Govt must reveal model for no-fault insurance
5th May 2015
The State Government must end the uncertainty about which model of no-fault insurance scheme it will introduce, the Australian Lawyers Alliance (ALA) said today.
While the government has confirmed that it has committed to the scheme, the community is still in the dark over which option has been chosen.
ALA Western Australia Committee member Phil Gleeson said current figures show an estimated 92 people a year suffering catastrophic injuries in motor vehicle accidents.
“Under the current scheme, only around 48 of those people who can prove a third party was at fault are eligible to claim for a lump sum payment to cover expenses,” Mr Gleeson said.
“The government has rightly decided to introduce a scheme to cover the remaining 44 people who cannot prove fault, however we still don’t know exactly how the scheme will work.”
Mr Gleeson said the government should end the uncertainty and reveal which option it has chosen.
“Those people who have been catastrophically injured in a motor vehicle accident need certainty - they need to know whether they will be affected by these changes,” Mr Gleeson said.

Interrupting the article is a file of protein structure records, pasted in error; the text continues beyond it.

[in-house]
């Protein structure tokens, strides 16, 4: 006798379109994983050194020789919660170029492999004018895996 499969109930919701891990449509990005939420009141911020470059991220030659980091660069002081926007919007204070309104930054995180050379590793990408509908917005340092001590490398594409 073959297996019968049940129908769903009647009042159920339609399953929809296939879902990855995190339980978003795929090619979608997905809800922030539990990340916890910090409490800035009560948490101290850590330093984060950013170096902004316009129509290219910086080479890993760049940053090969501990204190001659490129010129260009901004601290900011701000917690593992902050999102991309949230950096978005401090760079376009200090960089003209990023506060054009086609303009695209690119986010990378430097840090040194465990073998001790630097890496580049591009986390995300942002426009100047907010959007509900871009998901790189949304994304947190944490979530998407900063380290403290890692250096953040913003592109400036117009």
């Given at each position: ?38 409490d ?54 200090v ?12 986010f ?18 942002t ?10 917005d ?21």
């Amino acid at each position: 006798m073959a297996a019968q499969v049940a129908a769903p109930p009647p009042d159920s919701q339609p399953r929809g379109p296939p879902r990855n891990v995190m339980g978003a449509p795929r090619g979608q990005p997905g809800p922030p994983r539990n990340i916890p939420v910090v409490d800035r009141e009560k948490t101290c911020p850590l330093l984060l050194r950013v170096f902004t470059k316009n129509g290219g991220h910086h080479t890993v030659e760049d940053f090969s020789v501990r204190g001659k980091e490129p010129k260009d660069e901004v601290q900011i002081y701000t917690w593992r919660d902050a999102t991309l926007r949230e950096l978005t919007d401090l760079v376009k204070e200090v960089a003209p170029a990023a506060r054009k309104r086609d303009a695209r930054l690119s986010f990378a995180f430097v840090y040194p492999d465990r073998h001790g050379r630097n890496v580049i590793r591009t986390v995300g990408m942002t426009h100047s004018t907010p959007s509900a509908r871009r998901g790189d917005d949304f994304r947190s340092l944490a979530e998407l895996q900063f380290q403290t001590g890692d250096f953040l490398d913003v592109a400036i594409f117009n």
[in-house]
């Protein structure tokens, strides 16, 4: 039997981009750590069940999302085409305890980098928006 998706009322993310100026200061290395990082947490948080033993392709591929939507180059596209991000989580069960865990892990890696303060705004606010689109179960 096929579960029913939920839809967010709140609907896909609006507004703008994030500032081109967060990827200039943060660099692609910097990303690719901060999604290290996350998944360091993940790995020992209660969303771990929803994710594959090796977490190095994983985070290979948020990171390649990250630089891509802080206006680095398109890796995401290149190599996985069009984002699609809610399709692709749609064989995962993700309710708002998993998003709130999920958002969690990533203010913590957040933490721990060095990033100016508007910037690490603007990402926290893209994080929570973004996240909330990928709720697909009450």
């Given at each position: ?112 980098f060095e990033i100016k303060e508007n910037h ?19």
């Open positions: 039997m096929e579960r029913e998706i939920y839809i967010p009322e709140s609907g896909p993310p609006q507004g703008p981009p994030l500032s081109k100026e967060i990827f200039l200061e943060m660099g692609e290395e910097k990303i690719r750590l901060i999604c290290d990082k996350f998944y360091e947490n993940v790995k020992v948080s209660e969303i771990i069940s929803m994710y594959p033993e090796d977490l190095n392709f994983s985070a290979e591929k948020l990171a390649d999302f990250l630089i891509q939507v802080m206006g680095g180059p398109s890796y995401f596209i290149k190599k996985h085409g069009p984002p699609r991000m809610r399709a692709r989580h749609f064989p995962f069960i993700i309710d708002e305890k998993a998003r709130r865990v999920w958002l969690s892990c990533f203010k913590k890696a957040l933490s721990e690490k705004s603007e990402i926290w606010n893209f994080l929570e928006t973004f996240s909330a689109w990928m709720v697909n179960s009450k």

“The government was given three options. Option 1 was to do nothing, which it has already confirmed it has disregarded.
“Option 2 is to overhaul the whole system and treat all catastrophically injured people the same way, whether they can prove fault or not.
“Option 3 is to leave the current system as is, with the addition of covering the 44 people who currently miss out on coverage for their catastrophic injuries.”
Mr Gleeson said that Option 3 was in the community’s best interest.
“The government does not need to re-invent the wheel. The current system allows people to pursue a claim to prove negligence and get their money in a lump sum,” Mr Gleeson said.
“Many accident victims I talk to feel strongly that a lump sum payment allows them to maintain control, independence and choice in the delivery of their care and support.
“Option 2 would take away this right and only give people access to ongoing, or drip-fed, payments.
“This would leave them reliant on the WA Insurance Commission to monitor and manage their payments for life, which takes away their independence and choice,” Mr Gleeson said.
Mr Gleeson called on the government to announce its choice before it handed down the state budget.